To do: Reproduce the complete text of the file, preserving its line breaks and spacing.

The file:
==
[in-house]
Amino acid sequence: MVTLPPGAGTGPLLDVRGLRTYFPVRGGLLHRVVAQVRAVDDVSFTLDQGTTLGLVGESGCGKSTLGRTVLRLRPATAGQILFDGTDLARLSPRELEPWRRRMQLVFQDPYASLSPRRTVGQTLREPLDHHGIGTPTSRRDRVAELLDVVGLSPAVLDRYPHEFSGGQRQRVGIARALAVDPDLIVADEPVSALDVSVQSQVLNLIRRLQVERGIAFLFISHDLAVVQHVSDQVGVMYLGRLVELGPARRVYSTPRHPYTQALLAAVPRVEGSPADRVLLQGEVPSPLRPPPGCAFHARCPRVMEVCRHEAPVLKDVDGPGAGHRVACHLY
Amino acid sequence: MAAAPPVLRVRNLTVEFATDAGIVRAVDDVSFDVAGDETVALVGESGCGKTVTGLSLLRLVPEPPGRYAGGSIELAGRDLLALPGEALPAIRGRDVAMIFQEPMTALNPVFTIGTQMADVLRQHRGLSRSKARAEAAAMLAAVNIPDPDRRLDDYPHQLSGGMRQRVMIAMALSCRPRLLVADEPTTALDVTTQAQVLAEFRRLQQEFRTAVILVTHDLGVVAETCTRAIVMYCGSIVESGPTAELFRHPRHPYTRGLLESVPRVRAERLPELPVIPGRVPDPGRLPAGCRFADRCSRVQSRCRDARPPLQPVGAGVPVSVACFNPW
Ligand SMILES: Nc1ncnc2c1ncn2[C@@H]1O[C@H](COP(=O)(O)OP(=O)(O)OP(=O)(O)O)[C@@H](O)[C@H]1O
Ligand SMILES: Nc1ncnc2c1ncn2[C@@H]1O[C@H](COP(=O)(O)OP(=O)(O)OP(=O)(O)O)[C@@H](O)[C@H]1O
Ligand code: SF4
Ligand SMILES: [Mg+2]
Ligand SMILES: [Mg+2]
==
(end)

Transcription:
[in-house]
Amino acid sequence: MVTLPPGAGTGPLLDVRGLRTYFPVRGGLLHRVVAQVRAVDDVSFTLDQGTTLGLVGESGCGKSTLGRTVLRLRPATAGQILFDGTDLARLSPRELEPWRRRMQLVFQDPYASLSPRRTVGQTLREPLDHHGIGTPTSRRDRVAELLDVVGLSPAVLDRYPHEFSGGQRQRVGIARALAVDPDLIVADEPVSALDVSVQSQVLNLIRRLQVERGIAFLFISHDLAVVQHVSDQVGVMYLGRLVELGPARRVYSTPRHPYTQALLAAVPRVEGSPADRVLLQGEVPSPLRPPPGCAFHARCPRVMEVCRHEAPVLKDVDGPGAGHRVACHLY
Amino acid sequence: MAAAPPVLRVRNLTVEFATDAGIVRAVDDVSFDVAGDETVALVGESGCGKTVTGLSLLRLVPEPPGRYAGGSIELAGRDLLALPGEALPAIRGRDVAMIFQEPMTALNPVFTIGTQMADVLRQHRGLSRSKARAEAAAMLAAVNIPDPDRRLDDYPHQLSGGMRQRVMIAMALSCRPRLLVADEPTTALDVTTQAQVLAEFRRLQQEFRTAVILVTHDLGVVAETCTRAIVMYCGSIVESGPTAELFRHPRHPYTRGLLESVPRVRAERLPELPVIPGRVPDPGRLPAGCRFADRCSRVQSRCRDARPPLQPVGAGVPVSVACFNPW
Ligand SMILES: Nc1ncnc2c1ncn2[C@@H]1O[C@H](COP(=O)(O)OP(=O)(O)OP(=O)(O)O)[C@@H](O)[C@H]1O
Ligand SMILES: Nc1ncnc2c1ncn2[C@@H]1O[C@H](COP(=O)(O)OP(=O)(O)OP(=O)(O)O)[C@@H](O)[C@H]1O
Ligand code: SF4
Ligand SMILES: [Mg+2]
Ligand SMILES: [Mg+2]